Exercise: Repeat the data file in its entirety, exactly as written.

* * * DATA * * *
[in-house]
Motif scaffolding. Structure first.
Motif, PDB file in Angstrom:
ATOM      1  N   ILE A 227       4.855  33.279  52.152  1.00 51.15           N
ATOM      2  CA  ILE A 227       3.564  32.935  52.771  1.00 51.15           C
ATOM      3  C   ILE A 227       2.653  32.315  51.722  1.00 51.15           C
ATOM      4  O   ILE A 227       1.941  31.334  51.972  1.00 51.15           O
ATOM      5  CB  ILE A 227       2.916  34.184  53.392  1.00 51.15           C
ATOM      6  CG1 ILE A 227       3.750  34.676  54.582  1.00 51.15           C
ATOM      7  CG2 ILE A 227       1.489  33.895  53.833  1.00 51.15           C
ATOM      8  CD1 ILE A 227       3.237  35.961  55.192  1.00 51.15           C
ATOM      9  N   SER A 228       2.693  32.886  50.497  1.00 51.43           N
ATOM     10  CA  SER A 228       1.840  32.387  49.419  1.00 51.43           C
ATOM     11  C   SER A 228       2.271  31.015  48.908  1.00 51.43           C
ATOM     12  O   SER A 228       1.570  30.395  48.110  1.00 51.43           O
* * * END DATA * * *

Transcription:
[in-house]
Motif scaffolding. Structure first.
Motif, PDB file in Angstrom:
ATOM      1  N   ILE A 227       4.855  33.279  52.152  1.00 51.15           N
ATOM      2  CA  ILE A 227       3.564  32.935  52.771  1.00 51.15           C
ATOM      3  C   ILE A 227       2.653  32.315  51.722  1.00 51.15           C
ATOM      4  O   ILE A 227       1.941  31.334  51.972  1.00 51.15           O
ATOM      5  CB  ILE A 227       2.916  34.184  53.392  1.00 51.15           C
ATOM      6  CG1 ILE A 227       3.750  34.676  54.582  1.00 51.15           C
ATOM      7  CG2 ILE A 227       1.489  33.895  53.833  1.00 51.15           C
ATOM      8  CD1 ILE A 227       3.237  35.961  55.192  1.00 51.15           C
ATOM      9  N   SER A 228       2.693  32.886  50.497  1.00 51.43           N
ATOM     10  CA  SER A 228       1.840  32.387  49.419  1.00 51.43           C
ATOM     11  C   SER A 228       2.271  31.015  48.908  1.00 51.43           C
ATOM     12  O   SER A 228       1.570  30.395  48.110  1.00 51.43           O